Coronavirus cases are rising again in Europe and governments try desperately to avoid a return to brutal lockdowns. They may succeed


As European children return to their reopened schools this week, governments are still grappling with multiple second waves of the virus and tightening coronavirus-related restrictions to avoid having to resort to more radical measures.

– Europe can “conquer the pandemic” by learning to live with it without waiting for a vaccine, and can avoid going back to full economic and social lockdowns, World Health Organization regional director for Europe Hans Kluge said on Tuesday.

– Wearing masks in the workplace is compulsory in France, as the number of new cases has shot back to its record level since the height of the pandemic in March. Masks are also mandatory in the streets of most major French cities, including Paris.

– Tourism in Spain was down 75% in July compared with the same month in 2019, according to data released on Tuesday. And spending by international visitors was down 70% in the same month.

– Spain and France are by far the two countries in Europe where the number of new cases has risen fastest, but coronavirus infections are also up, albeit in smaller numbers, in Germany, Italy and the U.K.

– Attempts by German far-right protesters to storm the Bundestag, the country’s Parliament building, in anti-mask protests over the weekend, were condemned by politicians left and right, with the interior minister warning there would be “zero tolerance” for such acts.

– According to an article from the Johns Hopkins Bloomberg School of Public Health, although no less than 125 coronavirus vaccines are currently under development, little chance remains that one of them will prove effective before the end of 2021.

Read:Retail sales in the U.K. are back to their pre-coronavirus levels. Here’s why this may not last

The outlook: Although most European countries are facing new COVID-19 spikes, the number of deaths hasn’t been rising in similar proportions. Heading into the winter season, that seems to give governments some leeway to tailor their responses to the pandemic, and, notably, experiment with local restrictions. Still, governments such as France’s or the U.K.’s are warning that they may not be left with much choice other than returning to economically devastating general lockdowns if the virus keeps spreading. That in turn depends on the governments’ own credibility, and the trust they inspire – or not – among their citizens.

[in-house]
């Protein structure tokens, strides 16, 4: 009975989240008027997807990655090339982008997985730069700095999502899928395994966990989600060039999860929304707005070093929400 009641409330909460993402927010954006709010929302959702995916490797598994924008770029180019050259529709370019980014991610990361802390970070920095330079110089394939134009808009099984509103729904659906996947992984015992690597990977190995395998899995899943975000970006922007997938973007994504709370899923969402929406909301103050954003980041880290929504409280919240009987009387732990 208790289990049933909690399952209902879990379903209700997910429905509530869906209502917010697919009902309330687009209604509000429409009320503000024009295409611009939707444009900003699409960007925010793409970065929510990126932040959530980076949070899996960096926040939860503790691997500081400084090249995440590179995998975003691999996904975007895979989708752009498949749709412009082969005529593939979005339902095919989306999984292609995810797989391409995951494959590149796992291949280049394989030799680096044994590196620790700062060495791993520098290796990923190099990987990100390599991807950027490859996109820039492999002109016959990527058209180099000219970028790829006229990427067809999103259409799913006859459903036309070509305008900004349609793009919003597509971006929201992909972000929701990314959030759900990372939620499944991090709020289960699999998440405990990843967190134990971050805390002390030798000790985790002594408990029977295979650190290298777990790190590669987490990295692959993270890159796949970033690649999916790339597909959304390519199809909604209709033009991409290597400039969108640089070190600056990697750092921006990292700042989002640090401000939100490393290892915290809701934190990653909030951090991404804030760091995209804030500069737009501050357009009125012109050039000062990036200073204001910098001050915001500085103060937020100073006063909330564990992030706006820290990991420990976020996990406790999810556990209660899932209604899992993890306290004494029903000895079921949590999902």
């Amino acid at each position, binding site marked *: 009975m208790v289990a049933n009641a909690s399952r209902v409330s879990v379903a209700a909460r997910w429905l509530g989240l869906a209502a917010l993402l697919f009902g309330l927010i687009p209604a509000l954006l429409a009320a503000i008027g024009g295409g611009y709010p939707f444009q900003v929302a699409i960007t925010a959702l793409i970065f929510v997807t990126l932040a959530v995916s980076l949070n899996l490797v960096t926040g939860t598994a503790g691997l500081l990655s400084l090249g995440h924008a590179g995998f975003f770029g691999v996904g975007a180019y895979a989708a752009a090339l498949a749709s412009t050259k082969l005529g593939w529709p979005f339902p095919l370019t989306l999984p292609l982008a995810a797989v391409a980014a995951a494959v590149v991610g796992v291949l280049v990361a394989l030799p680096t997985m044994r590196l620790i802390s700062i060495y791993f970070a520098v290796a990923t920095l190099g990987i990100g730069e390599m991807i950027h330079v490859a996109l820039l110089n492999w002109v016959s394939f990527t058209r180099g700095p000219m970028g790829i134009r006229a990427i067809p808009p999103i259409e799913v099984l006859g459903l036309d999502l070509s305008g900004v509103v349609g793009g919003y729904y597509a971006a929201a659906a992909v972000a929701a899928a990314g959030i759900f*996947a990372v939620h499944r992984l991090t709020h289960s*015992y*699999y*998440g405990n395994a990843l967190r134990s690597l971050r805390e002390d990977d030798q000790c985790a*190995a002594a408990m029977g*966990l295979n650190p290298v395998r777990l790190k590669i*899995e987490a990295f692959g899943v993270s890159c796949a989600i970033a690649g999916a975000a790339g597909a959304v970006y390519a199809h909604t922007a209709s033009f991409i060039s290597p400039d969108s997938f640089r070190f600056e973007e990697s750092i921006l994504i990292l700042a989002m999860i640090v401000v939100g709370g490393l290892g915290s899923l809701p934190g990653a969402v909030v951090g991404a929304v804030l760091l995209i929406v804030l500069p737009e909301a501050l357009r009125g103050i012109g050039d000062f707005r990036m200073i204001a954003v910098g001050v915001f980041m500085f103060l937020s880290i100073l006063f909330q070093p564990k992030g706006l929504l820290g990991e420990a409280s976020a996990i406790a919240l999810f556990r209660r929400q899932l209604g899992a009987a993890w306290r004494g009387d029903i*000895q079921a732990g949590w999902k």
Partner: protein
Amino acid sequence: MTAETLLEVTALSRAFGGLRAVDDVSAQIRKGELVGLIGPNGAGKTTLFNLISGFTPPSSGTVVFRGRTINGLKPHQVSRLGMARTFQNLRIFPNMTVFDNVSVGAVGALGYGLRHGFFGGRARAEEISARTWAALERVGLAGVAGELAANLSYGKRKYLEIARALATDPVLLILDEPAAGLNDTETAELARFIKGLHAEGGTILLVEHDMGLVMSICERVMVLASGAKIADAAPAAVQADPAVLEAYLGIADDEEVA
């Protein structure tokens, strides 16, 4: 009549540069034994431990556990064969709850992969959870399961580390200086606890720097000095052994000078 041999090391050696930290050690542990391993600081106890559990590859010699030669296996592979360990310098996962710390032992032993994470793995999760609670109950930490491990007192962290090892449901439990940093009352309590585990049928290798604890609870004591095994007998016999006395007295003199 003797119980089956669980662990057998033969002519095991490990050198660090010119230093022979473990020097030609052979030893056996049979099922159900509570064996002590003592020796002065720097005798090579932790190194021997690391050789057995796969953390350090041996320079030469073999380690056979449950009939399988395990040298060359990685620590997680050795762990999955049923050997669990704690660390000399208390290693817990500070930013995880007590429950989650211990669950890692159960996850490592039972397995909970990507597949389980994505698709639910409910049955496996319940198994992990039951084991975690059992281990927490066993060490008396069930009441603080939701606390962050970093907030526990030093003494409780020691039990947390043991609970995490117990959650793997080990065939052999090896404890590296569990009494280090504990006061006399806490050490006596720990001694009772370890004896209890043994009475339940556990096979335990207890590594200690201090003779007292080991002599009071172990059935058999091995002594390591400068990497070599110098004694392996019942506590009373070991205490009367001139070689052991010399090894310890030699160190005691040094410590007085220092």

Read: Japanese Prime Minister Abe’s resignation shocks the markets but what happens next depends on his successor



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Tesla: One Thing Isn’t Rising (NASDAQ:TSLA)


One of the best performing stocks so far this year is electric vehicle maker Tesla (TSLA). Investors have sent the stock soaring to new heights thanks to deliveries holding up fairly well and GAAP profits potentially leading to S&P 500 inclusion. Interestingly enough, there is one thing associated with Tesla not rising currently, which could help to fuel the rally even further if the recent trend continues.

In early July, Tesla came out with a decent Q2 production and delivery report. However, street estimates were so ridiculously low that everyone made it seem like it was a massive blowout. The low bar continued into the earnings report, where Tesla revenues came in well above the street average, although anyone that followed my coverage knew that a sizable beat was likely. Tesla has only missed revenue estimates three times since Q3 2016, and the only major miss was in Q1 2019 when Tesla took a major one time hit to revenues from an accounting reversal.